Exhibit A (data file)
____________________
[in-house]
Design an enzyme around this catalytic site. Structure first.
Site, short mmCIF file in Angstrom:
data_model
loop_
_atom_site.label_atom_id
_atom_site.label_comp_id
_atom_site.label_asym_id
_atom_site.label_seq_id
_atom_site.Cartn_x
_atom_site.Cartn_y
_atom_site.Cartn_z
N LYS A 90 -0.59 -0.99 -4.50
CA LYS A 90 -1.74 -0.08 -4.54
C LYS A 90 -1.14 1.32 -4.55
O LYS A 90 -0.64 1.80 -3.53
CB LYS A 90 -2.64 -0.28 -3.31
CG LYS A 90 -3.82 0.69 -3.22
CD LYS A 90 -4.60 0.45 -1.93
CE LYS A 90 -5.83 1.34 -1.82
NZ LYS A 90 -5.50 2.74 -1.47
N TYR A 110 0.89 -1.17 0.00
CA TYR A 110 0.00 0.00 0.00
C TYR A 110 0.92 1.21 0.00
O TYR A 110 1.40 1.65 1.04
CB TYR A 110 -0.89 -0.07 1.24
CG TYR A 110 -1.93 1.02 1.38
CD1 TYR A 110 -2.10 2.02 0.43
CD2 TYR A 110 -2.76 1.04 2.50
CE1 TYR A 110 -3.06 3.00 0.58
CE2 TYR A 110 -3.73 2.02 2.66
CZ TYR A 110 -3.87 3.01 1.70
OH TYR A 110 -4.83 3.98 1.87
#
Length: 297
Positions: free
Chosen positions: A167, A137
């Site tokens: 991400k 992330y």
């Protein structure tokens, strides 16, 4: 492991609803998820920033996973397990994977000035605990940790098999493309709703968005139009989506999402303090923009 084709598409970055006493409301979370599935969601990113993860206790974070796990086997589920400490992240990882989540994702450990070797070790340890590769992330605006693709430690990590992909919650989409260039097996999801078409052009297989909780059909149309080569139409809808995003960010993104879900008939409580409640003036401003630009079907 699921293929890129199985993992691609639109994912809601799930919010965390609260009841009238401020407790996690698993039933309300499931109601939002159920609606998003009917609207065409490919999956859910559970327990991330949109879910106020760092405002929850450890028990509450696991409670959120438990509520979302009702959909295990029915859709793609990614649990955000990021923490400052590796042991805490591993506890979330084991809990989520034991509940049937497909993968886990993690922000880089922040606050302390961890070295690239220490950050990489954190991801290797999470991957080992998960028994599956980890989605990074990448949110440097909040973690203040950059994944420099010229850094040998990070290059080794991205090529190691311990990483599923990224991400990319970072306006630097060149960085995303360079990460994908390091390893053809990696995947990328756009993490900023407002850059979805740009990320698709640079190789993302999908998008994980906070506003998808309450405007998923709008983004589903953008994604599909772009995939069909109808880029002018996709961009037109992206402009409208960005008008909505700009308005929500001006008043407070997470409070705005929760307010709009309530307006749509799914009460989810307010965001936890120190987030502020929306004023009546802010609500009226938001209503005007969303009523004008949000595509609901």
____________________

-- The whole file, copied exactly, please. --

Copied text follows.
[in-house]
Design an enzyme around this catalytic site. Structure first.
Site, short mmCIF file in Angstrom:
data_model
loop_
_atom_site.label_atom_id
_atom_site.label_comp_id
_atom_site.label_asym_id
_atom_site.label_seq_id
_atom_site.Cartn_x
_atom_site.Cartn_y
_atom_site.Cartn_z
N LYS A 90 -0.59 -0.99 -4.50
CA LYS A 90 -1.74 -0.08 -4.54
C LYS A 90 -1.14 1.32 -4.55
O LYS A 90 -0.64 1.80 -3.53
CB LYS A 90 -2.64 -0.28 -3.31
CG LYS A 90 -3.82 0.69 -3.22
CD LYS A 90 -4.60 0.45 -1.93
CE LYS A 90 -5.83 1.34 -1.82
NZ LYS A 90 -5.50 2.74 -1.47
N TYR A 110 0.89 -1.17 0.00
CA TYR A 110 0.00 0.00 0.00
C TYR A 110 0.92 1.21 0.00
O TYR A 110 1.40 1.65 1.04
CB TYR A 110 -0.89 -0.07 1.24
CG TYR A 110 -1.93 1.02 1.38
CD1 TYR A 110 -2.10 2.02 0.43
CD2 TYR A 110 -2.76 1.04 2.50
CE1 TYR A 110 -3.06 3.00 0.58
CE2 TYR A 110 -3.73 2.02 2.66
CZ TYR A 110 -3.87 3.01 1.70
OH TYR A 110 -4.83 3.98 1.87
#
Length: 297
Positions: free
Chosen positions: A167, A137
């Site tokens: 991400k 992330y």
């Protein structure tokens, strides 16, 4: 492991609803998820920033996973397990994977000035605990940790098999493309709703968005139009989506999402303090923009 084709598409970055006493409301979370599935969601990113993860206790974070796990086997589920400490992240990882989540994702450990070797070790340890590769992330605006693709430690990590992909919650989409260039097996999801078409052009297989909780059909149309080569139409809808995003960010993104879900008939409580409640003036401003630009079907 699921293929890129199985993992691609639109994912809601799930919010965390609260009841009238401020407790996690698993039933309300499931109601939002159920609606998003009917609207065409490919999956859910559970327990991330949109879910106020760092405002929850450890028990509450696991409670959120438990509520979302009702959909295990029915859709793609990614649990955000990021923490400052590796042991805490591993506890979330084991809990989520034991509940049937497909993968886990993690922000880089922040606050302390961890070295690239220490950050990489954190991801290797999470991957080992998960028994599956980890989605990074990448949110440097909040973690203040950059994944420099010229850094040998990070290059080794991205090529190691311990990483599923990224991400990319970072306006630097060149960085995303360079990460994908390091390893053809990696995947990328756009993490900023407002850059979805740009990320698709640079190789993302999908998008994980906070506003998808309450405007998923709008983004589903953008994604599909772009995939069909109808880029002018996709961009037109992206402009409208960005008008909505700009308005929500001006008043407070997470409070705005929760307010709009309530307006749509799914009460989810307010965001936890120190987030502020929306004023009546802010609500009226938001209503005007969303009523004008949000595509609901």